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Posts Tagged ‘President Barack Obama’

Can We Talk? Joan Rivers Calls President ‘Gay,’ First Lady ‘a Tranny’

usa-obama

For more than 50 years, Joan Rivers has been considered the female Don Rickles — a compliment of the highest order. She has insulted everyone with wit, humor, and dazzling banter. However, that was the younger Joan Rivers. Today, she’s not so much funny, as just a fake plastic individual in Hollywood that doesn’t know when to give it up.

And now, the octogenarian comedienne may have just told her last joke and discussed her last arrest with the “Fashion Police.” Why? You don’t get to call the President of the United States “gay.” Moreover, his wife a “tranny.” Yeah, not even plastic surgery will save you from this one, Joan.

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Why Obama’s ‘Between Two Ferns’ Appearance Was a Good Idea

You’re probably aware that President Obama appeared on the latest episode of the Funny or Die series with the fat Greek guy from The Hangover. We will make a completely random guesstimate that 60% of our friends shared it on social this morning.

As for the why: 850,000 views in a few hours is a pretty good reason—as is the fact that Millennials are the demographic least likely to go out of their way to sign up for health insurance.

The New York Times calls it the administration’s “latest public relations gamble“, but was it, really?

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The 10 Biggest PR Losers of 2013

Oh sure, he looks happy NOW...

Sure, he’s happy now. Just wait ’til he wakes up tomorrow.

Now that 2014 has granted us nearly 48 hours’ worth of hard-earned hindsight, we’d like to pull out our overgeneralizing caps and name the ten biggest losers of the past year.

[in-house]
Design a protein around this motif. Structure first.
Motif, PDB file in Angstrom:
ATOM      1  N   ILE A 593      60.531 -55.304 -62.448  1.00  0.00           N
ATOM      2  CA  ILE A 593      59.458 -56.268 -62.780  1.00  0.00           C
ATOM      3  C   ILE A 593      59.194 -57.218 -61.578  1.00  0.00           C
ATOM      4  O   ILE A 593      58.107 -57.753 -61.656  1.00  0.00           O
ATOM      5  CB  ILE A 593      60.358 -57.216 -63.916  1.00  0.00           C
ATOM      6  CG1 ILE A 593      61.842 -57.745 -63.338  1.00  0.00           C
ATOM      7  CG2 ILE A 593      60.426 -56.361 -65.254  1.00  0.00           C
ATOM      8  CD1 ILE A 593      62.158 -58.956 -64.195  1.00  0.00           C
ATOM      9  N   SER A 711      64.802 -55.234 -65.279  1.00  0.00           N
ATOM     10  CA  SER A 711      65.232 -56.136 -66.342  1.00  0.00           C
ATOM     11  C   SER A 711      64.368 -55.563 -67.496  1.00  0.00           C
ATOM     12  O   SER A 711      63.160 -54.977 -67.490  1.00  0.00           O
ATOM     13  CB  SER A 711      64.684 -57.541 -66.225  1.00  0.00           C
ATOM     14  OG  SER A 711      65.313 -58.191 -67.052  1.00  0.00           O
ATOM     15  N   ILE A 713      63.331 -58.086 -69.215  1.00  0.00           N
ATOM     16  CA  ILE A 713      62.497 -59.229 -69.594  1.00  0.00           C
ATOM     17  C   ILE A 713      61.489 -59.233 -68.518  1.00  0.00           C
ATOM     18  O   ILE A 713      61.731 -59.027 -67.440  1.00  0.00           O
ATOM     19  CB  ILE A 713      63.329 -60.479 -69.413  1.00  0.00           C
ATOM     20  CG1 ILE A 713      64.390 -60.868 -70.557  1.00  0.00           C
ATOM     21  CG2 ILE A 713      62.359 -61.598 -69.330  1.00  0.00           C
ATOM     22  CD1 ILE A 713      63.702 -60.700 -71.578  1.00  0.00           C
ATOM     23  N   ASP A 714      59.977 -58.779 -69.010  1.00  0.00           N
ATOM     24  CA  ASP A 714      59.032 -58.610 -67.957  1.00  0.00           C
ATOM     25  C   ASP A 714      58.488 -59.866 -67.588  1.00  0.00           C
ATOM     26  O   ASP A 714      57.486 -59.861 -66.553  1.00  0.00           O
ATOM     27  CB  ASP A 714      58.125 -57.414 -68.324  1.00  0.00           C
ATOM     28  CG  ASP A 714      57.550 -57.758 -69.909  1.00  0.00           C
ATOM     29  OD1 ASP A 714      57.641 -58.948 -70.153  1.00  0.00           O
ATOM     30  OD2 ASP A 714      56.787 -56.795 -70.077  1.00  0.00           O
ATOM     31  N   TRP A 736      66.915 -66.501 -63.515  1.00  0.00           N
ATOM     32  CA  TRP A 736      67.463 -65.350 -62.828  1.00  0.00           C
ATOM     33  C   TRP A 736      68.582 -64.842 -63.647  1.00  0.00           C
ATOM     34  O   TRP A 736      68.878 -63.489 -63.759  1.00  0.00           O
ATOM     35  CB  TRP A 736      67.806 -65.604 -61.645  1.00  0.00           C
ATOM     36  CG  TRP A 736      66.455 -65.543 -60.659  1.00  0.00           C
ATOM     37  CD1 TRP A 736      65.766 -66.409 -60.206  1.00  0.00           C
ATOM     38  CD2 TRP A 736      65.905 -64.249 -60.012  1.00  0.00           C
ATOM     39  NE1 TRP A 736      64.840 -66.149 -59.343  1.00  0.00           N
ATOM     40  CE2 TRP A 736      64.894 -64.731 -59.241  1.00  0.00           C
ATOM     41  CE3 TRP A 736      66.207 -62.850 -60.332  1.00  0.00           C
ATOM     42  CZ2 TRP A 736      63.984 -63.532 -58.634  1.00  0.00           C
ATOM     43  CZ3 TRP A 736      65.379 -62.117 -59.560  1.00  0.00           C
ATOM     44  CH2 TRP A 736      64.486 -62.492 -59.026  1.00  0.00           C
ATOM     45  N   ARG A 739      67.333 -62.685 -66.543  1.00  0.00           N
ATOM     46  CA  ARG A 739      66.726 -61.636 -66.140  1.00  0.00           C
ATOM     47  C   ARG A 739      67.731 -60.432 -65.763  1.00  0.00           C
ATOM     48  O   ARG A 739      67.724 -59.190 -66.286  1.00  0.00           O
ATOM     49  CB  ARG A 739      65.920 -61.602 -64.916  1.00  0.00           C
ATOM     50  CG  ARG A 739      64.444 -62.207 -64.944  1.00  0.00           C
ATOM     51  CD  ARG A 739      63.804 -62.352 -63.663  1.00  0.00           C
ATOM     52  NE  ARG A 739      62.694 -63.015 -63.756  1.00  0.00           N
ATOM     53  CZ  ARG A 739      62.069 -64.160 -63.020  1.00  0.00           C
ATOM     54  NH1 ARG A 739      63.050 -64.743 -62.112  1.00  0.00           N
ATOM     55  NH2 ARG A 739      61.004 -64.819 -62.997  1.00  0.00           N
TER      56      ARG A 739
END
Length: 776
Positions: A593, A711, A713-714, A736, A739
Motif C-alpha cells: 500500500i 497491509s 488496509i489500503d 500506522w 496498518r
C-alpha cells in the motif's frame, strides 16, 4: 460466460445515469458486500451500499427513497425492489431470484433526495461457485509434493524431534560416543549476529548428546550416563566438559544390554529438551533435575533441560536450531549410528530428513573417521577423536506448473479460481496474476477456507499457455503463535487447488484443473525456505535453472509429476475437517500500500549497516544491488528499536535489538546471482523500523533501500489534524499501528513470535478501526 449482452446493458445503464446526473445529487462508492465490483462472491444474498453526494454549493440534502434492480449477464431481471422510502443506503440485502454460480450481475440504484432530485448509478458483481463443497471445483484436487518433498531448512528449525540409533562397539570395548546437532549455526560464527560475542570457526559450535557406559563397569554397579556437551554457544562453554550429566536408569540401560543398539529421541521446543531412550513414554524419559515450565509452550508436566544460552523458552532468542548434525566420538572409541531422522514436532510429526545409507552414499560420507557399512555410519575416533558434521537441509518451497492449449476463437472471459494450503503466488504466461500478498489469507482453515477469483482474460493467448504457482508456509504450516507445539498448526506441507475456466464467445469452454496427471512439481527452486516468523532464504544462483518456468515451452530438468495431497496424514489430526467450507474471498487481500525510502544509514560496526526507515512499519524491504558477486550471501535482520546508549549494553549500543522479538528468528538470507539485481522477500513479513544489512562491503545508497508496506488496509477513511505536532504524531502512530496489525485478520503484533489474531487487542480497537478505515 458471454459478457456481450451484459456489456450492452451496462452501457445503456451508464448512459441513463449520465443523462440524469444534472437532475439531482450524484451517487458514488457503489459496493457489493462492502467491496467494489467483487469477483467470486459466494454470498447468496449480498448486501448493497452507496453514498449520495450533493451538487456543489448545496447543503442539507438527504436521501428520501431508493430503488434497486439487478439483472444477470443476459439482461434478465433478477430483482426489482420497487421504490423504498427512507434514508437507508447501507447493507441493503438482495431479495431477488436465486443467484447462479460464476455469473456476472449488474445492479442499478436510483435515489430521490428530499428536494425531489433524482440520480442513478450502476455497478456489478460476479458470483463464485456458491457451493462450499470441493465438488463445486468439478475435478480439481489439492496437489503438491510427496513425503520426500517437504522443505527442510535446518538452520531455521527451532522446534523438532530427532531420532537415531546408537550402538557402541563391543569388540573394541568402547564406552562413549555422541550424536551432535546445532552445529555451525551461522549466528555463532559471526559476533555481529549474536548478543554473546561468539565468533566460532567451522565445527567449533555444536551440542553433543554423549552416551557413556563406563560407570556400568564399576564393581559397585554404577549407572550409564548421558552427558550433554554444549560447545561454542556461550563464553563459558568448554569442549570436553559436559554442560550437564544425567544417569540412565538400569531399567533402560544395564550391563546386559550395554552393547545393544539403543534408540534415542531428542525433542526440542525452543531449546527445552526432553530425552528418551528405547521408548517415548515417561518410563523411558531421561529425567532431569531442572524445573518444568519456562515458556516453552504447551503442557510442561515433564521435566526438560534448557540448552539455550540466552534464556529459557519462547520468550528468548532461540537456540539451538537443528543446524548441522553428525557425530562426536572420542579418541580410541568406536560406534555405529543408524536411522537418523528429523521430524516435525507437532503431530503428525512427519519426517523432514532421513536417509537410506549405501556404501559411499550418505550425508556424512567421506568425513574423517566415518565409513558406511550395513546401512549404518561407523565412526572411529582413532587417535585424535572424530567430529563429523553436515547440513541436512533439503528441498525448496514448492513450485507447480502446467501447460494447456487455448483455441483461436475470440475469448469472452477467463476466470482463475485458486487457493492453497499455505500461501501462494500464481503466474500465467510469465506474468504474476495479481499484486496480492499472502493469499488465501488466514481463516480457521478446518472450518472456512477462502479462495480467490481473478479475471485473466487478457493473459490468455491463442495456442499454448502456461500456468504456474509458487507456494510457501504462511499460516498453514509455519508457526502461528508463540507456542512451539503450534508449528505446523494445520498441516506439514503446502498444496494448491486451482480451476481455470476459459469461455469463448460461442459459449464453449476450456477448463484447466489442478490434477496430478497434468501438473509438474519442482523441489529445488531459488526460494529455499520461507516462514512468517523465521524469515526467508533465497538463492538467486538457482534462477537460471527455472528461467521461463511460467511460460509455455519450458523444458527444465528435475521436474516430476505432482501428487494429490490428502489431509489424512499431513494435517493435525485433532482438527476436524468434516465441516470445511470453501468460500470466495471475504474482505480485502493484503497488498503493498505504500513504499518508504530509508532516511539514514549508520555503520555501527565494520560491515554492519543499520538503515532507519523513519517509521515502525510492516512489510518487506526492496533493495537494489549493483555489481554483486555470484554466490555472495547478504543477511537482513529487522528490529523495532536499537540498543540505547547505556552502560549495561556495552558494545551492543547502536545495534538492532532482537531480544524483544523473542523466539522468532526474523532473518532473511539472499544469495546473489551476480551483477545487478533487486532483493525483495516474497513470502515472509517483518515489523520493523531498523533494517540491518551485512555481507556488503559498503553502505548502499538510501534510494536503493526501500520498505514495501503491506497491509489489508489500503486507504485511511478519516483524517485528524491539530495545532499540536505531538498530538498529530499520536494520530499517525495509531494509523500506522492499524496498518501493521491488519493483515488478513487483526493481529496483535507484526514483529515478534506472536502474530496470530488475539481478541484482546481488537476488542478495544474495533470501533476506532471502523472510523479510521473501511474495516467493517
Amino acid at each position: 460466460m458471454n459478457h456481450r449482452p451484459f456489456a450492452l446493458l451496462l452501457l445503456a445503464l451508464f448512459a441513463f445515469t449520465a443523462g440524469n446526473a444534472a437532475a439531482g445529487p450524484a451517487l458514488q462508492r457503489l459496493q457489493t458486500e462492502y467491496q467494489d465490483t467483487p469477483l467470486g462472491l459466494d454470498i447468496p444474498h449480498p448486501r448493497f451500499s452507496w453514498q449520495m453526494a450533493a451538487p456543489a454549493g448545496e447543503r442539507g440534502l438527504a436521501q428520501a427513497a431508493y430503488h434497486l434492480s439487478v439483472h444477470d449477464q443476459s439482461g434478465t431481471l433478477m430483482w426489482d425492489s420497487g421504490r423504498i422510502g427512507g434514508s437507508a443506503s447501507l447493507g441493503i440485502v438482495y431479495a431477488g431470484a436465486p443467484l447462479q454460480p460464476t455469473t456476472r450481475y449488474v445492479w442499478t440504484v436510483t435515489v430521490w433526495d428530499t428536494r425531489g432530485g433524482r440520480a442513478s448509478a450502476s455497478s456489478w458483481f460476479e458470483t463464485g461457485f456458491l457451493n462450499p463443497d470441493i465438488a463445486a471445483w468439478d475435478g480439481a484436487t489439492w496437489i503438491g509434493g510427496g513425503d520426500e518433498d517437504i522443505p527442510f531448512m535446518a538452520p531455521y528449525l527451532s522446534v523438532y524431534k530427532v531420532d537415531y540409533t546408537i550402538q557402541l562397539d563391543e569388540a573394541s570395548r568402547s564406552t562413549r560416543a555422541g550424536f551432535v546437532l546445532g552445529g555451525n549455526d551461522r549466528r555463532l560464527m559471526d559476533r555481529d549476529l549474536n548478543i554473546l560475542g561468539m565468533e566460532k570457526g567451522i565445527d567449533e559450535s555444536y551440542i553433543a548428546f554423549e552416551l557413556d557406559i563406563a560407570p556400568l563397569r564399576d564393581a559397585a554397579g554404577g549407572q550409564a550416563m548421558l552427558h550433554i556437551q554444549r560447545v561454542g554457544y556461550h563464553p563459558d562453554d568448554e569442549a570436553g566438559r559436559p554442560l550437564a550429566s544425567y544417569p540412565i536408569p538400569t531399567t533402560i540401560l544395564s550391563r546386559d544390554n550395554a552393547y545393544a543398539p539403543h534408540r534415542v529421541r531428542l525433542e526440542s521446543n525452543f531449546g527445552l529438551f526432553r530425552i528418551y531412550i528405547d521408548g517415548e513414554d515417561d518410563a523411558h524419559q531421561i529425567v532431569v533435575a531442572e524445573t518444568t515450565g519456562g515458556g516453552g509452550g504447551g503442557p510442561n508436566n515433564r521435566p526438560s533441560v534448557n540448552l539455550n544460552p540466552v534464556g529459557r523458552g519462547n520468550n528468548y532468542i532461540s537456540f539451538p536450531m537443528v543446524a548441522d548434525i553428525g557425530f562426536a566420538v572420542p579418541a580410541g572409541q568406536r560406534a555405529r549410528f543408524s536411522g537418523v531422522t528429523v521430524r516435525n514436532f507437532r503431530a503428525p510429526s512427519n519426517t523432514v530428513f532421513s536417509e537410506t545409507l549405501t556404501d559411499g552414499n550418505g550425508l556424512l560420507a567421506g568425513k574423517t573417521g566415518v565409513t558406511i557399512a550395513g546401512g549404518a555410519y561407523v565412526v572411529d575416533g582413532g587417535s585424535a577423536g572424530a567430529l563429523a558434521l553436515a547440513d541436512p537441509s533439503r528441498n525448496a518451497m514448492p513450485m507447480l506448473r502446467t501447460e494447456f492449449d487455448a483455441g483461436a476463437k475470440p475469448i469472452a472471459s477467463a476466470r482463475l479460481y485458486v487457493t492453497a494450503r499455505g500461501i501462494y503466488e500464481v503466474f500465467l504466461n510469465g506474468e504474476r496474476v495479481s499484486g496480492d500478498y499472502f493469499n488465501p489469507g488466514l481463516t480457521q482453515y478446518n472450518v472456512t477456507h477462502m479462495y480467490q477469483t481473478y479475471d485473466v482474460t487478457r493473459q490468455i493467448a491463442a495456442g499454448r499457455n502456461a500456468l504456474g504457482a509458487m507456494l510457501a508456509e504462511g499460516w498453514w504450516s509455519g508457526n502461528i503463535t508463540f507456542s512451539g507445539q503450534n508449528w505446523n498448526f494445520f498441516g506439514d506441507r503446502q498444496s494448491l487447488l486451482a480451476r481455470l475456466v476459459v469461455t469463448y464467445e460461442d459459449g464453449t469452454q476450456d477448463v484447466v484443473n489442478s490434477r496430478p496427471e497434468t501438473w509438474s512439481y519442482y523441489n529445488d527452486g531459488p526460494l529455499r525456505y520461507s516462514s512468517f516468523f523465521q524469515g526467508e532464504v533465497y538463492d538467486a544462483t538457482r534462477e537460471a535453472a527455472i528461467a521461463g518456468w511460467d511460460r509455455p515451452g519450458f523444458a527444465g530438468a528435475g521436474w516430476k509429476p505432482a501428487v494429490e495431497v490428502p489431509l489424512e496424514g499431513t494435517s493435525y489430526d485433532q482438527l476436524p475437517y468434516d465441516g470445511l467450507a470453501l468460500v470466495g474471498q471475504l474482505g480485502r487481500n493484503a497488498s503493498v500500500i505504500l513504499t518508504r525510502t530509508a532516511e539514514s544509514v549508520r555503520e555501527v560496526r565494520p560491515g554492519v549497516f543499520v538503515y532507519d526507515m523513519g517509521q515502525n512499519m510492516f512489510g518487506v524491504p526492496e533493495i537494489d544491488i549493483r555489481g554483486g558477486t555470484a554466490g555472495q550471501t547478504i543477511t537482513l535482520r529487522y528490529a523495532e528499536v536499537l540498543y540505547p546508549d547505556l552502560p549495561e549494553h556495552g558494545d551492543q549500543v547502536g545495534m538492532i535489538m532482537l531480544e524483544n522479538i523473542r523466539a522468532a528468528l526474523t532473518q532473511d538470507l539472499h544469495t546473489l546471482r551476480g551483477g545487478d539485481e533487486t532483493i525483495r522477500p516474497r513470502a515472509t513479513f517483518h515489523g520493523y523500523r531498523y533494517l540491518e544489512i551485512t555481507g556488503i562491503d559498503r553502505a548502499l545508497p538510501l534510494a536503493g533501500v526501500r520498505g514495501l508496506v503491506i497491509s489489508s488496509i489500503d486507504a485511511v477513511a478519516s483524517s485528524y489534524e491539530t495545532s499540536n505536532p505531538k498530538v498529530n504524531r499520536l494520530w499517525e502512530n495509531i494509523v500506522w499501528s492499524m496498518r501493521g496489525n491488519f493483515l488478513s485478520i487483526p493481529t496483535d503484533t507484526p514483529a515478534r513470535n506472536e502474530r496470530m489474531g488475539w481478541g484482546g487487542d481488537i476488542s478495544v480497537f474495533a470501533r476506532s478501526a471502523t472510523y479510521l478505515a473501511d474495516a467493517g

This list isn’t about individual failures destined to be remembered for decades: it’s more about the entities that lost the public’s trust in 2013.

So check it out and feel free to disagree with us, because that’s what the Internet is all about.

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Obama Administration Goes Gay for the Sochi Olympics

#notimpressed

This is his best McKayla Maroney

Yesterday we were fascinated by a column that longtime punchline Pat Buchanan wrote for Town Hall in which he asked fellow “paleoconservatives” whether self-elected pseudo-Communist op-ed writer (and #1 Boyz II Men fan) Vladimir Putin was “one of us” because of how much he dislikes the gays. Some people…

Anyway, Pat’s personal version of the anti-Christ decided to take a somewhat bold stance yesterday by announcing that no members of the Obama or Biden families will be attending the winter games in Sochi. While some may claim it’s an attempt to avoid yet another of the VP’s famous gaffes, it reads a lot like a statement of solidarity with the LGBT community.

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Obamacare Struggles Make for a Perfect Communications Case Study

shutterstock_155863787

If you’ll excuse me, I’ve got somewhere else to be…

You may be shocked to learn that Politico posted something interesting today. Inflammatory “PR firms cash in on health rollout woes” headline aside, the story makes a good point: the Affordable Care Act launch is a perfect encapsulation of the challenges facing communicators in the digital era.

Multiple firms have capitalized on this fact by turning it into a case study; the myriad lessons are obvious after the jump.

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President Obama Wants to Help You Pitch Your Startup Clients


Well, not really. No need to break out those 1984 ”Big Brother” references today.

The most important takeaway from the president’s video address to the  4th Annual Global Entrepreneurship Summit in Malaysia last week is that nonprofit Up Global will partner with the State Department to ”establish entrepreneurship programs in 1,000 cities around the world by 2016″ with the goal of helping the most innovative startups succeed via tutorials, “corporate connections” and exposure in Startup Digest.

What does that mean for startup PR? Well, the fact that your client’s founders participated in one of these programs will certainly make for a stronger pitch, won’t it?

13 Political Metaphors More Annoying Than the Government Shutdown

Jay Carney

“My metaphorical cup is this full…”